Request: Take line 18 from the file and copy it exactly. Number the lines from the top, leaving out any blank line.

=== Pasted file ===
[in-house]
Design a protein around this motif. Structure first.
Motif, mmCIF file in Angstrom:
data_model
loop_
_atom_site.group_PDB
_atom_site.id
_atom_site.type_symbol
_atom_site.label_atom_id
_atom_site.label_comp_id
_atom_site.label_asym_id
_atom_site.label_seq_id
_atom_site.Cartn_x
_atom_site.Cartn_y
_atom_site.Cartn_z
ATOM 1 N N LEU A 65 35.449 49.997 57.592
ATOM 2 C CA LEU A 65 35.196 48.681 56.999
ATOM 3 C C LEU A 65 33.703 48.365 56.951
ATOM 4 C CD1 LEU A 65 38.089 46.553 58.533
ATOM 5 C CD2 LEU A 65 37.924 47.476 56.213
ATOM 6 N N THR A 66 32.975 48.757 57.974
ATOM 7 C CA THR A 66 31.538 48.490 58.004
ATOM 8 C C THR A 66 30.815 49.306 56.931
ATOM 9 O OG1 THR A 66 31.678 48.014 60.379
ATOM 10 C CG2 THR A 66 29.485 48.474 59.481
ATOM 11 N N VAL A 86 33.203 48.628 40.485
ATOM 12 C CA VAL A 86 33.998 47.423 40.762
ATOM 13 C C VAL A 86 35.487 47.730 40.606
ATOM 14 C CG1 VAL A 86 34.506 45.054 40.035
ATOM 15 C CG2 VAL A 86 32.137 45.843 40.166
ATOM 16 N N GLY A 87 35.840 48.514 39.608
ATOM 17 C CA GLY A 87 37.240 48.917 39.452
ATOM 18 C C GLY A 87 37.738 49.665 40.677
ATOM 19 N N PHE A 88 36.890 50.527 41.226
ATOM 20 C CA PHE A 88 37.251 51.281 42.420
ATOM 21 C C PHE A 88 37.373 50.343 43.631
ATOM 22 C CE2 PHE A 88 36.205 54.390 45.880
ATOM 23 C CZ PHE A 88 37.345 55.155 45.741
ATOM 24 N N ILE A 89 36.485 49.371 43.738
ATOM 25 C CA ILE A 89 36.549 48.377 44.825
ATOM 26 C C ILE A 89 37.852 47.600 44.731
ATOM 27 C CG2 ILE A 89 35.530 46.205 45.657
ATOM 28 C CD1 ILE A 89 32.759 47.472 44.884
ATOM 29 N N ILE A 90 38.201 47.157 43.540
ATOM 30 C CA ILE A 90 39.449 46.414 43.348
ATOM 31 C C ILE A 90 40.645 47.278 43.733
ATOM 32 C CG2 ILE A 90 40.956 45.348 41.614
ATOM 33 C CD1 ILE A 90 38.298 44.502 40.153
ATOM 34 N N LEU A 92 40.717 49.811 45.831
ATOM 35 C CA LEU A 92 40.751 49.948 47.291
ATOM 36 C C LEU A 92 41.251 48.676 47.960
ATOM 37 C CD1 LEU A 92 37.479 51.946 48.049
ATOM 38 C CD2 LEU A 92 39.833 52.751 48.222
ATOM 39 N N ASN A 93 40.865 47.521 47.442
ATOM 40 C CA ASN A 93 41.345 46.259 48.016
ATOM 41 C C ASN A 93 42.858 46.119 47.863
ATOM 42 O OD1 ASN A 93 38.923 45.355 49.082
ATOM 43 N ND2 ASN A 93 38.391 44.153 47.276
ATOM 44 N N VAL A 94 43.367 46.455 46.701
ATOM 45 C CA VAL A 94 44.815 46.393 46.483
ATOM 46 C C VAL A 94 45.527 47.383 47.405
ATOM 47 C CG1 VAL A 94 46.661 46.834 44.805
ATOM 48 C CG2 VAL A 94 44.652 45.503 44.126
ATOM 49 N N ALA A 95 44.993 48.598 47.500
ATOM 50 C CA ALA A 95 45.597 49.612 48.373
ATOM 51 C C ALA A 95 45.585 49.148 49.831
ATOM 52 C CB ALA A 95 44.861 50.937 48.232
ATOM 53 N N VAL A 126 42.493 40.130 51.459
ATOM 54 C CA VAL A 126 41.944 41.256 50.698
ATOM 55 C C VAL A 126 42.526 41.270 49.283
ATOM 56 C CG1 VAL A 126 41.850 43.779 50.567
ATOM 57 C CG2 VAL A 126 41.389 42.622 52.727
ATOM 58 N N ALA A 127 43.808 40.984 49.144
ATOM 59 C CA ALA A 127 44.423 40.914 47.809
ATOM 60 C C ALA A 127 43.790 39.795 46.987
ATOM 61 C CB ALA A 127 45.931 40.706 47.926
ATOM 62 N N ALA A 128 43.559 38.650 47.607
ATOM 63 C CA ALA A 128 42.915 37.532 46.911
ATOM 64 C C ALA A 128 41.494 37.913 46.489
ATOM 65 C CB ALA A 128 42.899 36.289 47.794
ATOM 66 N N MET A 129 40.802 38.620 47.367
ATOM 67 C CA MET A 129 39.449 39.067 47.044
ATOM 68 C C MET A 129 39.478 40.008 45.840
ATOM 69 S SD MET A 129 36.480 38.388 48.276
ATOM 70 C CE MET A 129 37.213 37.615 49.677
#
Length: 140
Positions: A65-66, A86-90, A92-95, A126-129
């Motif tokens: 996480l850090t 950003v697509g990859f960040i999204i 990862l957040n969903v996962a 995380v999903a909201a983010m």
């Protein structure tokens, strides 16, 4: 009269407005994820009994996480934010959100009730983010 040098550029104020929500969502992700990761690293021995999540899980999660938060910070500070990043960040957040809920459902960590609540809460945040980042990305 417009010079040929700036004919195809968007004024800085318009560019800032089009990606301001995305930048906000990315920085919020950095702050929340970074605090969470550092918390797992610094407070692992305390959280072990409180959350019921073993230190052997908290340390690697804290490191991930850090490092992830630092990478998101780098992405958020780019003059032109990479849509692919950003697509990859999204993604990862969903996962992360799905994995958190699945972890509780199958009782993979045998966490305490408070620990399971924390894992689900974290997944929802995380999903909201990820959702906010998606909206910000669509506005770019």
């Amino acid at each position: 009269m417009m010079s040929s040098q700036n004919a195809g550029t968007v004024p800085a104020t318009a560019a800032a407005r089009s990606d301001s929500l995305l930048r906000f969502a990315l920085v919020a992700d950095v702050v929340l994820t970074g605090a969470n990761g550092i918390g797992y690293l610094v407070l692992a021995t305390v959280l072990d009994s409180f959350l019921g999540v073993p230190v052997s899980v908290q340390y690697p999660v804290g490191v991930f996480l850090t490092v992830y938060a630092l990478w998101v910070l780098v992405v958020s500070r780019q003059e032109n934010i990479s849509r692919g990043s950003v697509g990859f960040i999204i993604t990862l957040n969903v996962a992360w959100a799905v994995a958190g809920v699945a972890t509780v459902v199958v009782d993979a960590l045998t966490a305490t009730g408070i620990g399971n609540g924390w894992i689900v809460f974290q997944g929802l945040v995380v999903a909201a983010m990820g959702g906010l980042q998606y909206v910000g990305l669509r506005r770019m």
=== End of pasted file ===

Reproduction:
ATOM 3 C C LEU A 65 33.703 48.365 56.951